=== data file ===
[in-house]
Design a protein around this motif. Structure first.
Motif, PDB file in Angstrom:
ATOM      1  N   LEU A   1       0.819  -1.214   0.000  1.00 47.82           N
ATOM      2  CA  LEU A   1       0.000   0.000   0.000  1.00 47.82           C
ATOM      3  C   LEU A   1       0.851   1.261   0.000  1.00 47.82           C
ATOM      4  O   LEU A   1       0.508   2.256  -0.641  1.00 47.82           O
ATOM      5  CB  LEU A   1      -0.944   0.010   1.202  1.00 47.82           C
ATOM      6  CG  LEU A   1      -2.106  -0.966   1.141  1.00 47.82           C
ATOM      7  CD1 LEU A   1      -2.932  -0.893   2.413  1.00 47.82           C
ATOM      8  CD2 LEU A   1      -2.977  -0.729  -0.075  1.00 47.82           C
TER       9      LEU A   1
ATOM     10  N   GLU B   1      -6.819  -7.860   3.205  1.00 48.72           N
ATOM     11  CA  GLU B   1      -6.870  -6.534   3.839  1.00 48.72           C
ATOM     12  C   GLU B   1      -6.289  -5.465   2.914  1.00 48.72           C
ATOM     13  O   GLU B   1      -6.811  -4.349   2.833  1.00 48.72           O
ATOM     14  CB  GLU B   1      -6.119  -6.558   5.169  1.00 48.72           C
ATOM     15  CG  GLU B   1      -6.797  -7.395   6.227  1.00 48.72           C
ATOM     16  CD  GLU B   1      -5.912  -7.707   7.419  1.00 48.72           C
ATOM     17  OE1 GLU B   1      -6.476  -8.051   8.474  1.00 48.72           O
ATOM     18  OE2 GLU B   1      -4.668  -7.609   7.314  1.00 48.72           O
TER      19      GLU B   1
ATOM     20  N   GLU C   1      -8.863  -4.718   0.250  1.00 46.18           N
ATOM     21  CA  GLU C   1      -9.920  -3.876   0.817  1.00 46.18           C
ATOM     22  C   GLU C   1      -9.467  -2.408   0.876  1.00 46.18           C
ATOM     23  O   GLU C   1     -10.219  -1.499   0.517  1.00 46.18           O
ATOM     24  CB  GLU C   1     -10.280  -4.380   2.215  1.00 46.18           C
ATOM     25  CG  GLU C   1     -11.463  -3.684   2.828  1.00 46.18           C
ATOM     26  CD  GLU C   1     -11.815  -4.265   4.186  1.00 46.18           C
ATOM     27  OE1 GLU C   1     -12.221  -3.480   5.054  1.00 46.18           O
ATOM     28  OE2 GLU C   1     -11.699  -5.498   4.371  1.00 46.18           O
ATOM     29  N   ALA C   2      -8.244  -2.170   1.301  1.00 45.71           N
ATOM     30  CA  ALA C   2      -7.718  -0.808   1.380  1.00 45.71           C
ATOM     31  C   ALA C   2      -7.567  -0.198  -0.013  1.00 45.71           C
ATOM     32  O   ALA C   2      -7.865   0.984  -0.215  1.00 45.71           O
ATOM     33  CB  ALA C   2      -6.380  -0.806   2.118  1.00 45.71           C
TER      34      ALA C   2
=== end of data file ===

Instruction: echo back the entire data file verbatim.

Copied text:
[in-house]
Design a protein around this motif. Structure first.
Motif, PDB file in Angstrom:
ATOM      1  N   LEU A   1       0.819  -1.214   0.000  1.00 47.82           N
ATOM      2  CA  LEU A   1       0.000   0.000   0.000  1.00 47.82           C
ATOM      3  C   LEU A   1       0.851   1.261   0.000  1.00 47.82           C
ATOM      4  O   LEU A   1       0.508   2.256  -0.641  1.00 47.82           O
ATOM      5  CB  LEU A   1      -0.944   0.010   1.202  1.00 47.82           C
ATOM      6  CG  LEU A   1      -2.106  -0.966   1.141  1.00 47.82           C
ATOM      7  CD1 LEU A   1      -2.932  -0.893   2.413  1.00 47.82           C
ATOM      8  CD2 LEU A   1      -2.977  -0.729  -0.075  1.00 47.82           C
TER       9      LEU A   1
ATOM     10  N   GLU B   1      -6.819  -7.860   3.205  1.00 48.72           N
ATOM     11  CA  GLU B   1      -6.870  -6.534   3.839  1.00 48.72           C
ATOM     12  C   GLU B   1      -6.289  -5.465   2.914  1.00 48.72           C
ATOM     13  O   GLU B   1      -6.811  -4.349   2.833  1.00 48.72           O
ATOM     14  CB  GLU B   1      -6.119  -6.558   5.169  1.00 48.72           C
ATOM     15  CG  GLU B   1      -6.797  -7.395   6.227  1.00 48.72           C
ATOM     16  CD  GLU B   1      -5.912  -7.707   7.419  1.00 48.72           C
ATOM     17  OE1 GLU B   1      -6.476  -8.051   8.474  1.00 48.72           O
ATOM     18  OE2 GLU B   1      -4.668  -7.609   7.314  1.00 48.72           O
TER      19      GLU B   1
ATOM     20  N   GLU C   1      -8.863  -4.718   0.250  1.00 46.18           N
ATOM     21  CA  GLU C   1      -9.920  -3.876   0.817  1.00 46.18           C
ATOM     22  C   GLU C   1      -9.467  -2.408   0.876  1.00 46.18           C
ATOM     23  O   GLU C   1     -10.219  -1.499   0.517  1.00 46.18           O
ATOM     24  CB  GLU C   1     -10.280  -4.380   2.215  1.00 46.18           C
ATOM     25  CG  GLU C   1     -11.463  -3.684   2.828  1.00 46.18           C
ATOM     26  CD  GLU C   1     -11.815  -4.265   4.186  1.00 46.18           C
ATOM     27  OE1 GLU C   1     -12.221  -3.480   5.054  1.00 46.18           O
ATOM     28  OE2 GLU C   1     -11.699  -5.498   4.371  1.00 46.18           O
ATOM     29  N   ALA C   2      -8.244  -2.170   1.301  1.00 45.71           N
ATOM     30  CA  ALA C   2      -7.718  -0.808   1.380  1.00 45.71           C
ATOM     31  C   ALA C   2      -7.567  -0.198  -0.013  1.00 45.71           C
ATOM     32  O   ALA C   2      -7.865   0.984  -0.215  1.00 45.71           O
ATOM     33  CB  ALA C   2      -6.380  -0.806   2.118  1.00 45.71           C
TER      34      ALA C   2